So we start off our back-to-school reviewing and focusing on character qualities: things like perseverance and responsibility and diligence and cheerfulness and gratitude and patience and self-control. Programs like Character First and Kids of Character help us remember that education is not just about our minds, but about our hearts, as well.
We study the character qualities, but we also talk about them as we do our academics. I make efforts to address the specific qualities my children are or are not displaying, so when my youngest reads through a new section of Teach Your Child to Read in 100 Easy Lessons, without throwing her hands up in frustration or getting that annoyed tone in her voice, I tell her she did a great job with perseverance. Or when my oldest is able to stay on task with an assignment and not get distracted while I work with her younger sister, I let her know she showed excellent diligence. Conversely, when the whining ensues, we relate that behavior to not demonstrating responsibility, or cheerfulness, or gratitude.
Learning about and incorporating character into our home school helps to get at the heart of the problems my kids are displaying. It shows them that the education we are doing with this home school thing is not just about information, but about who they become. And the more they understand and accept that the way they conduct themselves is just as important as (or more so than) what they know, the more they demonstrate the behaviors during school time that make it a pleasant learning environment for all of us.
When it comes down to it, summer somehow gives my kids the impression that the foundation for life is fun. The overabundance of excitement and activity and stimulation has the interesting effect of making them feel entitled to pleasure, as if indulging oneself is the baseline of life, and work simply gets in the way of the good life that they are owed.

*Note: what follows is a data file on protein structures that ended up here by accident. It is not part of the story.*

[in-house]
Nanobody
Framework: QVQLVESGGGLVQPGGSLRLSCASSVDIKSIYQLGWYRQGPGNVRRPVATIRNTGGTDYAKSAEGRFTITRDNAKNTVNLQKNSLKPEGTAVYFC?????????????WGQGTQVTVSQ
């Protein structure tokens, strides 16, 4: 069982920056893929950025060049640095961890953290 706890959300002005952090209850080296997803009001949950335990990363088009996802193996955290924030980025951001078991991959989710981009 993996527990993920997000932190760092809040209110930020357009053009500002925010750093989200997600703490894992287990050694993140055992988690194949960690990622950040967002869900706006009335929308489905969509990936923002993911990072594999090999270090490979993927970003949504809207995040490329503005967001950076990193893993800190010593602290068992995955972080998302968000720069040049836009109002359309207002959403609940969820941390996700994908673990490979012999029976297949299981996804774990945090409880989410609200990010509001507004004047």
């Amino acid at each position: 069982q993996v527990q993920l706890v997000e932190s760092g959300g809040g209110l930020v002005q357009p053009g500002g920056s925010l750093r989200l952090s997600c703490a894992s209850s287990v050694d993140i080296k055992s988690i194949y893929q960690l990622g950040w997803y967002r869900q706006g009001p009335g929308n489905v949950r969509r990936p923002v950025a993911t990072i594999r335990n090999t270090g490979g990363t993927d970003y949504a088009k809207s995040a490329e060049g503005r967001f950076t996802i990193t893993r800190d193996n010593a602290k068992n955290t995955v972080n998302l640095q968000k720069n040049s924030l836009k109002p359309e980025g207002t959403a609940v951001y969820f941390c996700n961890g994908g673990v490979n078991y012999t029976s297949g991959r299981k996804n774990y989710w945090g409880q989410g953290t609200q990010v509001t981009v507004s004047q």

Wait. You mean summer fun is not how life really is?
So, yeah, my kids, at least, need their summer-induced view of life realigned just a bit. And I’ve found the best way to do that is by re-establishing responsibility as the baseline.
Not only do we talk about responsibility as a character quality, but we get back on the responsibility bandwagon. We revisit each family members’ chore responsibilities, and resume our pre-summer level of intentionality about getting them accomplished. We do some intentional service projects, to get our “responsibility” juices flowing and our focus on others rather than ourselves.
But the most effective part of re-establishing responsibility as the baseline over fun is that each time a child complains about school work, they have to do a task of responsibility. The child must still come back and complete their school work when that task is done. Responsibility tasks can be household cleaning, pulling weeds in the garden, taking out the trash, organizing shelves, or anything else that needs to be done. Each and every complaint garners a new responsibility task – until the complaining ceases. But schoolwork still has to be done after the responsibility tasks are completed, so it is playtime or personal time that gets sacrificed for the whining.
We focus on the fact that fun is a privilege, not a right. Responsibility comes first, and fun happens only when our responsibilities are complete, and done with a cheerful spirit.
It generally only takes a few responsibility tasks over the first week of back-to-school, accompanied with a regular routine and character quality emphasis, to get everybody back on track. Once the kids remember that responsibility is the baseline of life, not fun, then when we do interject special activities or unexpected trips, the kids appreciate them and are thankful for them, instead of expecting that they are entitled to them.
Reclaiming the Battleground
So if back-to-homeschool isn’t a bed of roses for your household, try my Back-to-Homeschool Campaign. It’s amazing how, after just a couple of weeks of my 3-pronged strategy, and our homeschool transforms from a battleground back to a classroom. A little routine, character training and practice of responsibility and you, too, can go from being Mrs. Killjoy…
To Mrs. Cares-About-Her-Kids.